The Arts and Humanities Research Council (AHRC) and the British Library plan to launch a two-year research project which will explore the future of academic books in the context of open access publishing and continuing digital change.
Dr Samantha Rayner, Director of the Centre for Publishing at the University College London (UCL) will lead the project titled: ‘Communities of Practice: The Academic Book of the Future’. Dr Rayner will carry out the project along with her colleagues Simon Tanner and Professor Marilyn Deegan from King’s College Londonand Nick Canty from UCL. This multi-disciplinary team will engage with the publishing and academic community to better understand the current landscape of academic publishing.
The Research Information Network will provide the consultancy for the large scale surveying work under the leadership of Dr Michael Jubb while a Community Coalition of partners will work with the core research team to manage the mini-projects. The research project will be managed by a Project Board, which will be chaired by Professor Kathryn Sutherland, Professor of Bibliography and Textual Criticism at Oxford University.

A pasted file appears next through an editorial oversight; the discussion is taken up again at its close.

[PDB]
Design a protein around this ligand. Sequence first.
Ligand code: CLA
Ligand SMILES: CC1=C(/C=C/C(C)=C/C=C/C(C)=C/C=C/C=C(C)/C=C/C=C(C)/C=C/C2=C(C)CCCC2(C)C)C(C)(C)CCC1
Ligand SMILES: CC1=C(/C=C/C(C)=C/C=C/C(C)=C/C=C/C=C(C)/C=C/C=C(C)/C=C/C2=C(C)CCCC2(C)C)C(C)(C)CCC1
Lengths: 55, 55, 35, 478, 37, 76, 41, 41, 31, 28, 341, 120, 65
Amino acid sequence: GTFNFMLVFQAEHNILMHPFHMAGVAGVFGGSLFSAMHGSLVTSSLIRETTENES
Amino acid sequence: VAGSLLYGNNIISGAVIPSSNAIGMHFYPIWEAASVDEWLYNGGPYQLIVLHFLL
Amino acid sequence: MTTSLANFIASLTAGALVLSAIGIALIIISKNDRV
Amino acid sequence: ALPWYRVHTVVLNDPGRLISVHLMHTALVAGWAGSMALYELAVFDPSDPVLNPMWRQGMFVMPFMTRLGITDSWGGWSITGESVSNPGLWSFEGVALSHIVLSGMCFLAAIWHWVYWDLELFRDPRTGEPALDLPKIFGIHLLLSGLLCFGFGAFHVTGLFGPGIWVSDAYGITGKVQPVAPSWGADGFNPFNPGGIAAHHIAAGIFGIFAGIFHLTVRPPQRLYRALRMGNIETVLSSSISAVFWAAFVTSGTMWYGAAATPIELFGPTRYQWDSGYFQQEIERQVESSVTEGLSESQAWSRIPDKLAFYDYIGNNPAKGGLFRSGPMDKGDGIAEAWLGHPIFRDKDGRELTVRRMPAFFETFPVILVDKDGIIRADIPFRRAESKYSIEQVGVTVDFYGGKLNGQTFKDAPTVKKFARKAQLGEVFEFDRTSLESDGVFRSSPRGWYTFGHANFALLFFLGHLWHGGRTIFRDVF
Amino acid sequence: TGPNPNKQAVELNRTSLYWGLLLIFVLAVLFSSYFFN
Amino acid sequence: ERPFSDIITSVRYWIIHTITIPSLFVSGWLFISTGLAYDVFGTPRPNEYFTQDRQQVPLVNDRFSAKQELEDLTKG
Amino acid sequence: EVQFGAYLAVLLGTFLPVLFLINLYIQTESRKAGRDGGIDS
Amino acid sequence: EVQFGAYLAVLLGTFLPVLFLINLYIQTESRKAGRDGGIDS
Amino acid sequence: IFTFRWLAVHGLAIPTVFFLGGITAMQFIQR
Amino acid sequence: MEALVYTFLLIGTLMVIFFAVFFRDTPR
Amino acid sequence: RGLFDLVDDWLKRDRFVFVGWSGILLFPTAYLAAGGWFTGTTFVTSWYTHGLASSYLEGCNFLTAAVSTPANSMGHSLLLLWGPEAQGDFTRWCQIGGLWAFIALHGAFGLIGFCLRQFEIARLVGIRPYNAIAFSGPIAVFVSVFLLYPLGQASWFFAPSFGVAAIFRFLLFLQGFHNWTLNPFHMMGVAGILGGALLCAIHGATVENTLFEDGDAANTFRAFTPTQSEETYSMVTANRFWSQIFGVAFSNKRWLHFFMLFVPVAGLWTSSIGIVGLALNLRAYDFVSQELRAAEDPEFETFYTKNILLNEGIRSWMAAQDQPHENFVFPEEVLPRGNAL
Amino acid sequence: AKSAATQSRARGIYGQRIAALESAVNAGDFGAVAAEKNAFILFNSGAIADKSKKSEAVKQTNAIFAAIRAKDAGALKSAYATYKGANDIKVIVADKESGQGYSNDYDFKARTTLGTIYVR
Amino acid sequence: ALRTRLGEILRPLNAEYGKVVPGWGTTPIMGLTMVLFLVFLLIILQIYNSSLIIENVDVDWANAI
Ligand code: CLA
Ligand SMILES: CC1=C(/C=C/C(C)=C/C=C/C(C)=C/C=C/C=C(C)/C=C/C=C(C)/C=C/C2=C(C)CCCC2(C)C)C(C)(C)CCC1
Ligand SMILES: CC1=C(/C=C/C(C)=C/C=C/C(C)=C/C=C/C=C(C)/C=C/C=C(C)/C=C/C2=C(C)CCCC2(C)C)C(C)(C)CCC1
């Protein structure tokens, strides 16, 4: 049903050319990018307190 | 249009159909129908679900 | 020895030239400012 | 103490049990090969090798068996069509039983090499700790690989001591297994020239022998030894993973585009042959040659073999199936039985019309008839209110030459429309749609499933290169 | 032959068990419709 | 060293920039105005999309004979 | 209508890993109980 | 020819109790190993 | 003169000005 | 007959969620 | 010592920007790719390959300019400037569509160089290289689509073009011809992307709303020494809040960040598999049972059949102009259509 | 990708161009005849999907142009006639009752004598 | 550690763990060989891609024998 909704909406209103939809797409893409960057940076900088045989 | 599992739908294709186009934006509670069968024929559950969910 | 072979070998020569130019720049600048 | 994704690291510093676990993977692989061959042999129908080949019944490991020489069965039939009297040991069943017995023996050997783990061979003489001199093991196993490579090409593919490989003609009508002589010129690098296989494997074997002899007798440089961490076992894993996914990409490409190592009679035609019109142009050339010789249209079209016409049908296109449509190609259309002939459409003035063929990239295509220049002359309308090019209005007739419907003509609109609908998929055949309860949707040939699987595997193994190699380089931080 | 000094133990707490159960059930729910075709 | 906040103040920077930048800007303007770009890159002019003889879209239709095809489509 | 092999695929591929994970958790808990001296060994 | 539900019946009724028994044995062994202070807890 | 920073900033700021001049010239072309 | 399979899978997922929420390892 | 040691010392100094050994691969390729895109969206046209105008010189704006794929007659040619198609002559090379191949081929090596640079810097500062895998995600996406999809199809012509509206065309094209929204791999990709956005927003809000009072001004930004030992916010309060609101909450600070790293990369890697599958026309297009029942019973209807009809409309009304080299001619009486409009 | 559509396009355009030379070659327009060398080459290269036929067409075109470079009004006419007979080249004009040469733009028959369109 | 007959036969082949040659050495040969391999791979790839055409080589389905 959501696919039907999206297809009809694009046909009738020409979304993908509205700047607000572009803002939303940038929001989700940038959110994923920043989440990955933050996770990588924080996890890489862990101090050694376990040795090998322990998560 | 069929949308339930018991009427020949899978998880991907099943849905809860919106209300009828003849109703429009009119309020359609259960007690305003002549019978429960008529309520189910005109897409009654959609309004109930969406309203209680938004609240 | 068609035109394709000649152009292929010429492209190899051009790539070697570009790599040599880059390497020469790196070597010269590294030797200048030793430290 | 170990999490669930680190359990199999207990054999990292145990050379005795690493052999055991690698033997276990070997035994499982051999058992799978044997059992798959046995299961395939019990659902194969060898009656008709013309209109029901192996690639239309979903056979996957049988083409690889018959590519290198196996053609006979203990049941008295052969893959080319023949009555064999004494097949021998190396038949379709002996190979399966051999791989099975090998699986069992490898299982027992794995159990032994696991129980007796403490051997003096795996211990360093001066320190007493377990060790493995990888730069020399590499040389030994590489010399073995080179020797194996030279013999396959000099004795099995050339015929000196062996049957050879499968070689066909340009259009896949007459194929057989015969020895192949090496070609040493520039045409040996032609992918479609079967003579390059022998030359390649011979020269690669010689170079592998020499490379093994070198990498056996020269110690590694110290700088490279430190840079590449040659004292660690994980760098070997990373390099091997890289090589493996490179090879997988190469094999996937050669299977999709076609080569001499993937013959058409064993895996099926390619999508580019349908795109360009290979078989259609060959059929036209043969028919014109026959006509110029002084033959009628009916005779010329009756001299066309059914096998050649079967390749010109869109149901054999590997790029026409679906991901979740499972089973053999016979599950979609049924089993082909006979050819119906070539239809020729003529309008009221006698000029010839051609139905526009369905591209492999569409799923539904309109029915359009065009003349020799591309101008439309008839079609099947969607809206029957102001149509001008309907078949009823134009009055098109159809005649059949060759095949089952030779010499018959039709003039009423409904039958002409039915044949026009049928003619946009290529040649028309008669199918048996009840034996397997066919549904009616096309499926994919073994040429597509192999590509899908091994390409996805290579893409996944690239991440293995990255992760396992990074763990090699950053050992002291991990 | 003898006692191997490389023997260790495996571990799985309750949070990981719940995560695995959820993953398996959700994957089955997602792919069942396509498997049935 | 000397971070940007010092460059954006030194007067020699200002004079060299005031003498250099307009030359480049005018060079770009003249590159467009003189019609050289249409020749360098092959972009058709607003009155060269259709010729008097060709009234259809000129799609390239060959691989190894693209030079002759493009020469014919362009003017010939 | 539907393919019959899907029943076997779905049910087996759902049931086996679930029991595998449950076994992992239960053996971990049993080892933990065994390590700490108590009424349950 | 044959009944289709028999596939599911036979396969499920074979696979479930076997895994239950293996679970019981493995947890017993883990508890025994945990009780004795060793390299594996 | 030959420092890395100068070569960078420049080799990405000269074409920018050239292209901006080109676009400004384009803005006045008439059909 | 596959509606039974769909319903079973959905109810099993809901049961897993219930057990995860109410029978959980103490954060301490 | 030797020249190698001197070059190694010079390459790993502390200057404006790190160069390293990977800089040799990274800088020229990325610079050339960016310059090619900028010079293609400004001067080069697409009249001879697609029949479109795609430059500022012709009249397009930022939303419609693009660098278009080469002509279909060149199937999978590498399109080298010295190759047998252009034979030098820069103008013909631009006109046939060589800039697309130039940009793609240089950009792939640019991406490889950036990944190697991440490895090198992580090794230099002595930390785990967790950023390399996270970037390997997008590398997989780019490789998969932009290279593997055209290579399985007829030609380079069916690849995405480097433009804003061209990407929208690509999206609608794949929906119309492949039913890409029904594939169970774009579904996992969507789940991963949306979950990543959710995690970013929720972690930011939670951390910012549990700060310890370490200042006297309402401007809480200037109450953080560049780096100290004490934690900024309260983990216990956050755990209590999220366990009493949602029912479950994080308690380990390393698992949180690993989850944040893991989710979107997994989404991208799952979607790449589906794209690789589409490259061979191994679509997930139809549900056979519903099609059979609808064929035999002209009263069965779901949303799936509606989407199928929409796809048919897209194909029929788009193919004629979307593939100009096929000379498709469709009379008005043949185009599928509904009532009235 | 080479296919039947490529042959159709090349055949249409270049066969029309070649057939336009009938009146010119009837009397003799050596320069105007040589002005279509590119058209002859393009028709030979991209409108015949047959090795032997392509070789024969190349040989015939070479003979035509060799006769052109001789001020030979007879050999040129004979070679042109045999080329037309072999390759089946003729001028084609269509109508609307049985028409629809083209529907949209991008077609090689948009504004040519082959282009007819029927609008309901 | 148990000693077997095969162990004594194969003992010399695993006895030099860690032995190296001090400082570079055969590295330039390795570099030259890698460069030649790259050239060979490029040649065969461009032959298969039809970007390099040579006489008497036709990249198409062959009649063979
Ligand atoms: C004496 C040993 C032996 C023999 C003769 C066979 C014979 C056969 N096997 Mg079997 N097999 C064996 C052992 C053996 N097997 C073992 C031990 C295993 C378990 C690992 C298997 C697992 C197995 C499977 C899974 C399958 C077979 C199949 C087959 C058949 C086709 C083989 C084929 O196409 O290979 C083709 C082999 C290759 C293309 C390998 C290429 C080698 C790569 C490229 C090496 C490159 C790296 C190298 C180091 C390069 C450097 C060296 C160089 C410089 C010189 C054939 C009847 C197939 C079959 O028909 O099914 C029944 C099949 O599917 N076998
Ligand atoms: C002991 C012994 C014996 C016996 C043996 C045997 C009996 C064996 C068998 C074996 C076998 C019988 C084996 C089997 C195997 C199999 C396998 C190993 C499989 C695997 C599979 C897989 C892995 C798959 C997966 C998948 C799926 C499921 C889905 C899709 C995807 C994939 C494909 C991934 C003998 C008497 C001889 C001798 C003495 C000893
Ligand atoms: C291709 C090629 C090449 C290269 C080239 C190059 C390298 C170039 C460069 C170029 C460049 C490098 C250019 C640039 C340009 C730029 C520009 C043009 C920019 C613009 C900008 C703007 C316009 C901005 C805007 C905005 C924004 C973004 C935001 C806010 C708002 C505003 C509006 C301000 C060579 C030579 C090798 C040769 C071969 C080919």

Dr Rayner enthused: “Collaboration is at the centre of our approach to this project: we have put together an initial community coalition made up of a distinguished and diverse team of collaborators from all the sectors concerned with this critical issue, and we will consult as broadly as possible over the two-year funding period in order to gain the most comprehensive understanding of the publication needs of scholars at all stages of their careers, and the practical, economic and legal issues relating to the publication, dissemination, use and curation of the long-form publication in traditional and new formats. The energy already generated by this project has been amazing – we can’t wait to kick off more formally in the autumn, and look forward to working with everyone, thanking them for their support and encouragement so far”.
It is expected that this project will have a significant impact on a wide range of stakeholders in research, library and publishing communities and generate new evidence and dialogue that will inform policy and national approaches to this important area of scholarly communications.